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Aphrodite at The Louvre, Paris

3D model description

Among the many copies inspired by the Aphrodite of Cnidus, this head from the former Kaufmann Collection is a Hellenistic-era creation. It is distinguished by its grace and delicacy. The sculptor freely adapted Praxiteles' masterpiece of the mid-fourth century BC, without altering either its religious nobility or its sensuality. The goddess performs her ablutions completely naked, an audacious and novel treatment of the subject.

The "Kaufmann Head"
This head of Aphrodite was discovered at Tralles in Asia Minor circa 1885. It takes its current name from the Kaufmann Collection, where it was preserved until it was purchased by the Louvre in 1951. A fragment from the same statue, depicting the pelvis and upper thighs, is in the collections of the Staatliche Museen in Berlin. The "Kaufmann Head" is one of a great many copies that were made of the Aphrodite of Cnidus in the Hellenistic and Imperial periods. The slight tilt to the left, the chignon, and the treatment of the hair in waves divided equally on either side of a central part are fairly similar to other Roman heads in the vicinity of this piece. The head is distinguished by its grace and gentleness, and there are no trepan lines in the working of the hair - these clues allow us to date this work to the Hellenistic period.

An original creation based on the Aphrodite of Cnidus by Praxiteles
More than a simple copy, this marble head from the Kaufmann Collection offers us an original creation from the second century BC. The sculptor has taken several liberties with the famous statue created by Praxiteles, an Athenian sculptor of the mid-fourth century BC, without altering either the goddess's religious nobility or her sensuality. He or she has accented the length of the neck and noticeably lengthened the face's delicate oval. The sculptor has also changed the arrangement of the ribbons holding the hair: here the two ribbons are parallel, while on other copies they diverge. Aphrodite thus appears more tentative and fragile, but both the memory of the subject and the style of Praxiteles's creation remain, particularly in the sfumato effect emanating from the face.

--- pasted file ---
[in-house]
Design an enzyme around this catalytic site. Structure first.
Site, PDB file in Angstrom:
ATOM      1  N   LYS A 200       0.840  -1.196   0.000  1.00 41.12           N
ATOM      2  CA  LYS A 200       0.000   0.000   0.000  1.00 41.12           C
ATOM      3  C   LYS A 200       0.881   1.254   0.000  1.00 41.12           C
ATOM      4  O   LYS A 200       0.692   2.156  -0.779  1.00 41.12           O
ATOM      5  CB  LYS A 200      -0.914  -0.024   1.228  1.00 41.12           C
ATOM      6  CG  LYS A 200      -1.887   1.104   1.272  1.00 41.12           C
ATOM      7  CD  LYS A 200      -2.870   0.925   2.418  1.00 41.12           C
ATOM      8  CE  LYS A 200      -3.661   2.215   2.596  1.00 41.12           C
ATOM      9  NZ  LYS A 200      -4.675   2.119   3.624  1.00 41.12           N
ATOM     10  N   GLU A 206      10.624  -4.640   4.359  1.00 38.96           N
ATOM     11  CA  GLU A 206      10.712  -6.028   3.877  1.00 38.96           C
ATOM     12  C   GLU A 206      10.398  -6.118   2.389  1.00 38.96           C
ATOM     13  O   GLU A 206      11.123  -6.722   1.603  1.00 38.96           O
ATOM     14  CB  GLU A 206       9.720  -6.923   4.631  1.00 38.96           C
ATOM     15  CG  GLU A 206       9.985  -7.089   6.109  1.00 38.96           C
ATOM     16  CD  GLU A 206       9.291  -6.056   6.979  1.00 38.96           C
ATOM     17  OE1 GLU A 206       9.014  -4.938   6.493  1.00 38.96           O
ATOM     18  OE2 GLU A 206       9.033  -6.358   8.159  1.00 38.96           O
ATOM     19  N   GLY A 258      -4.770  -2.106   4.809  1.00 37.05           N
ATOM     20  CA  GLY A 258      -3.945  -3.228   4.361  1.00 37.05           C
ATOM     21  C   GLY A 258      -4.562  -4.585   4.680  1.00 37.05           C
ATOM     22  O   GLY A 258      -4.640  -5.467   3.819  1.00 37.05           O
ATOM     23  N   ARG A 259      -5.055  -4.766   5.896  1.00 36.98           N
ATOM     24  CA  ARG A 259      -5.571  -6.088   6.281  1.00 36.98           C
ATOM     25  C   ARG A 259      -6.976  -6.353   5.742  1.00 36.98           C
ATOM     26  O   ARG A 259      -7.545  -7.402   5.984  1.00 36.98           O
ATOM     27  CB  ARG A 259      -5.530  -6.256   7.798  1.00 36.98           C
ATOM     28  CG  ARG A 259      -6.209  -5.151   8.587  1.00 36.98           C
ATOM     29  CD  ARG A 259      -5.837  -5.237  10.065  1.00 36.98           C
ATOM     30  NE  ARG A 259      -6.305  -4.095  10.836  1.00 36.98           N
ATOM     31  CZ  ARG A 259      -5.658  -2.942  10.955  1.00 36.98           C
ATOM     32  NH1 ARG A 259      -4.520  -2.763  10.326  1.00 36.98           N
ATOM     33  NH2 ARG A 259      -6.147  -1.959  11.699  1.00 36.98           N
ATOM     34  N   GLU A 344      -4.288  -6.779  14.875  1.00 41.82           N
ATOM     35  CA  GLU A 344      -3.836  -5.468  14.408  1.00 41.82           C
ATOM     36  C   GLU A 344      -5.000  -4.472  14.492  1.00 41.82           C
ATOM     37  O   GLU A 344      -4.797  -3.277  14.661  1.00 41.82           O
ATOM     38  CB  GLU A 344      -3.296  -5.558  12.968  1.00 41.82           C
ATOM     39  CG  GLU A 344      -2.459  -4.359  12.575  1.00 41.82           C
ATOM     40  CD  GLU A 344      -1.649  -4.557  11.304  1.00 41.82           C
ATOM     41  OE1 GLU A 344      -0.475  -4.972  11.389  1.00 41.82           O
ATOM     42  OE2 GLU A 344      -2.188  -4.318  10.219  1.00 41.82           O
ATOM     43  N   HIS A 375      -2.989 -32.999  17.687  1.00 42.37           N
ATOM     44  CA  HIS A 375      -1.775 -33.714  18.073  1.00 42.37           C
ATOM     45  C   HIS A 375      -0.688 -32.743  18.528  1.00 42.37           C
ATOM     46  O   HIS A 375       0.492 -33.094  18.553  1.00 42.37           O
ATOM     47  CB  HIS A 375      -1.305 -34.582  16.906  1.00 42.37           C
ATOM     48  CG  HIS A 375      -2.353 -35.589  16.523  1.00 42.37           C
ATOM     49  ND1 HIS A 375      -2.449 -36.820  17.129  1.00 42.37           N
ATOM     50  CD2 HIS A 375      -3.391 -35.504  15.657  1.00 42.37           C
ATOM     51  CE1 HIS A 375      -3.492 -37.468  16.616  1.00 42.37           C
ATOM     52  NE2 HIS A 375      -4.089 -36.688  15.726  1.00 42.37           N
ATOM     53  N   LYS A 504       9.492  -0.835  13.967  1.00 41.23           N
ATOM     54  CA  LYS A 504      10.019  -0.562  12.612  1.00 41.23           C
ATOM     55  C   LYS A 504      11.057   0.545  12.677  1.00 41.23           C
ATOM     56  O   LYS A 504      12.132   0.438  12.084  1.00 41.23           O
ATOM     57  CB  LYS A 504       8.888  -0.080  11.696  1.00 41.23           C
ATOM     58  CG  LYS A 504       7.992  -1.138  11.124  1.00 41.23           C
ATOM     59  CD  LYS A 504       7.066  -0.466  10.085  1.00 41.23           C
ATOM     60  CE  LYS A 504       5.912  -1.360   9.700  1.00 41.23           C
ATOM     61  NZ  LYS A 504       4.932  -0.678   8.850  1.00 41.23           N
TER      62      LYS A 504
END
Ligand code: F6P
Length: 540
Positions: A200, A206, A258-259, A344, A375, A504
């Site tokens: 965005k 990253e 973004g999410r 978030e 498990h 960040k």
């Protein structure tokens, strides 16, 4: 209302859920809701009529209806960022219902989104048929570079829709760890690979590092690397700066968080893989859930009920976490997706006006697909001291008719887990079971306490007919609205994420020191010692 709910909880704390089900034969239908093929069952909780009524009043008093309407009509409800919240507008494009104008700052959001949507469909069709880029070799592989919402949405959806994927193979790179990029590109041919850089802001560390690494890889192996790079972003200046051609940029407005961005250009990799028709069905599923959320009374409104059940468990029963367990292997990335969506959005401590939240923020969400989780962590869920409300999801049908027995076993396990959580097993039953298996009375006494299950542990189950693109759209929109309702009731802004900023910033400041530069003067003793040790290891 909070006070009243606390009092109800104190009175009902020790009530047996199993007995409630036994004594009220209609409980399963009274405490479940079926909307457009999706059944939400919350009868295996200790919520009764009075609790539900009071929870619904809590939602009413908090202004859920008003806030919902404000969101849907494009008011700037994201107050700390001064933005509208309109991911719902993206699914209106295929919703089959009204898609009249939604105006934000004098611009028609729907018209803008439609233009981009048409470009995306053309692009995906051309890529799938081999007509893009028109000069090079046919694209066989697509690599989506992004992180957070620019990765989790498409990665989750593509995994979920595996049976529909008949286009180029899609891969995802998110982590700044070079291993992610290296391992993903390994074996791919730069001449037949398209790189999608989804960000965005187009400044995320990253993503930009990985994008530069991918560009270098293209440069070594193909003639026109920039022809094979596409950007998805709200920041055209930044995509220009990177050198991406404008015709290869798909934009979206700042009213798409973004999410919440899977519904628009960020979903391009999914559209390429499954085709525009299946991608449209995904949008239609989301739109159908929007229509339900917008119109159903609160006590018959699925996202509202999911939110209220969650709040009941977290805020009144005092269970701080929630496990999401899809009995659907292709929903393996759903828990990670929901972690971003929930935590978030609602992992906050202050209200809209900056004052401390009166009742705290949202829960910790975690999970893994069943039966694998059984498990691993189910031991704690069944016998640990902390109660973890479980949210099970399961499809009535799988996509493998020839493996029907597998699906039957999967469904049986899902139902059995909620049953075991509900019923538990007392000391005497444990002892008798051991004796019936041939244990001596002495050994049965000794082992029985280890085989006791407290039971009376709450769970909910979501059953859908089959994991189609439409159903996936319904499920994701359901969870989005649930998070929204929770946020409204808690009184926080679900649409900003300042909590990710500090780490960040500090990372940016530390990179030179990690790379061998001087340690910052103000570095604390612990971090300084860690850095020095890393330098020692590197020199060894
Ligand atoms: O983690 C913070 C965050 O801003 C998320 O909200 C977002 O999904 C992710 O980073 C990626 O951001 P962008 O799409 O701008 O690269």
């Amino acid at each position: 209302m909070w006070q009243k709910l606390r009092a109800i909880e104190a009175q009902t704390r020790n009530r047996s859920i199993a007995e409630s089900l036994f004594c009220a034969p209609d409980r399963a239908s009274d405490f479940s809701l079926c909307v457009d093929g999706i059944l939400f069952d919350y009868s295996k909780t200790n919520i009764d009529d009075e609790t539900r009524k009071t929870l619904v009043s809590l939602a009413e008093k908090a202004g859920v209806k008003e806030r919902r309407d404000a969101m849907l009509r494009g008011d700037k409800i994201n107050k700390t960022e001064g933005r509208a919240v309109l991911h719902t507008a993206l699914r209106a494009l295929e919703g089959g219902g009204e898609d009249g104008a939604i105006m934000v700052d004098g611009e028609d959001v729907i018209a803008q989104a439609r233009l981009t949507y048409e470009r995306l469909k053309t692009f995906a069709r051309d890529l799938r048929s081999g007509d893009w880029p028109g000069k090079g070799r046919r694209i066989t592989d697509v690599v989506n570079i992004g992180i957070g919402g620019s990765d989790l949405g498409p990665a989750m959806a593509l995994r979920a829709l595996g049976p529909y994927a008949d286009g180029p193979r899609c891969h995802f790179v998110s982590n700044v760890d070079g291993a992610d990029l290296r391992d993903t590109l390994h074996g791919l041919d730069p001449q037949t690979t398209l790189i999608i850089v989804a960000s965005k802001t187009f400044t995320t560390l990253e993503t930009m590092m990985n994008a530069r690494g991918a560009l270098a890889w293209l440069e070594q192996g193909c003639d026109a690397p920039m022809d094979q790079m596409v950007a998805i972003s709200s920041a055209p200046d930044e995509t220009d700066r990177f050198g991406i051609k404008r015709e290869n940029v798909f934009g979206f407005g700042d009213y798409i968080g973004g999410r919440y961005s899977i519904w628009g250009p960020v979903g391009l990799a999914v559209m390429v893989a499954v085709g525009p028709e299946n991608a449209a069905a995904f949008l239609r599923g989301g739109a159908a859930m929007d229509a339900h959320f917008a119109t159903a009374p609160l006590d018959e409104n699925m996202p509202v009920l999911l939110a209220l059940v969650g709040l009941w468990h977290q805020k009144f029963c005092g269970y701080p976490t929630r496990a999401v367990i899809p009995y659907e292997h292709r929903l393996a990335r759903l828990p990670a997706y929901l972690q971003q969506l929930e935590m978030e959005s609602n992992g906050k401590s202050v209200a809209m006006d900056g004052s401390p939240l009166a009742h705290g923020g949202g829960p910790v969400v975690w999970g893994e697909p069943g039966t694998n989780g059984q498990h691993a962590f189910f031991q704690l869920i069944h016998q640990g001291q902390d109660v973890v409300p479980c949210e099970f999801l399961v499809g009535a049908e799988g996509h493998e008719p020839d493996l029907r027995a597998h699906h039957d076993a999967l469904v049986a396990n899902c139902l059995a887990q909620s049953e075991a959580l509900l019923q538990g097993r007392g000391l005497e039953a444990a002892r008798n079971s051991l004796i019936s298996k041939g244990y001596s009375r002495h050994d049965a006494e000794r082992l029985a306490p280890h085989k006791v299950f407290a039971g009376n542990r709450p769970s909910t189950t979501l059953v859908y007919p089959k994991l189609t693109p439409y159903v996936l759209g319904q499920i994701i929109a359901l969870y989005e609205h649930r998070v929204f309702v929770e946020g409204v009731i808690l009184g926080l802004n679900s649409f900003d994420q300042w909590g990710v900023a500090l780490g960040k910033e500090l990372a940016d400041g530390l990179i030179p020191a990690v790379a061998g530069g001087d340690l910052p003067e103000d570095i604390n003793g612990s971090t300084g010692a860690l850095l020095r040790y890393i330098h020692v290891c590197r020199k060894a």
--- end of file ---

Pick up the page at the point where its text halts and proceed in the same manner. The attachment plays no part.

An Aphrodite in her bath
In the fourth century BC, the citizens of Cnidus, a small city-state on the southern coast of Asia Minor, placed the Aphrodite of Praxiteles in the heart of the temple dedicated to her. Viewers were struck by the boldness of the subject - the first large-scale Greek statue to depict the female nude - as well as the quality of its execution. The statue depicts the goddess surprised in her bath by an intruder, at a moment when she is completely naked, performing her ritual ablutions. The image, which has a highly religious meaning, was frequently copied thereafter, perhaps more from a decorative point of view than a religious one.

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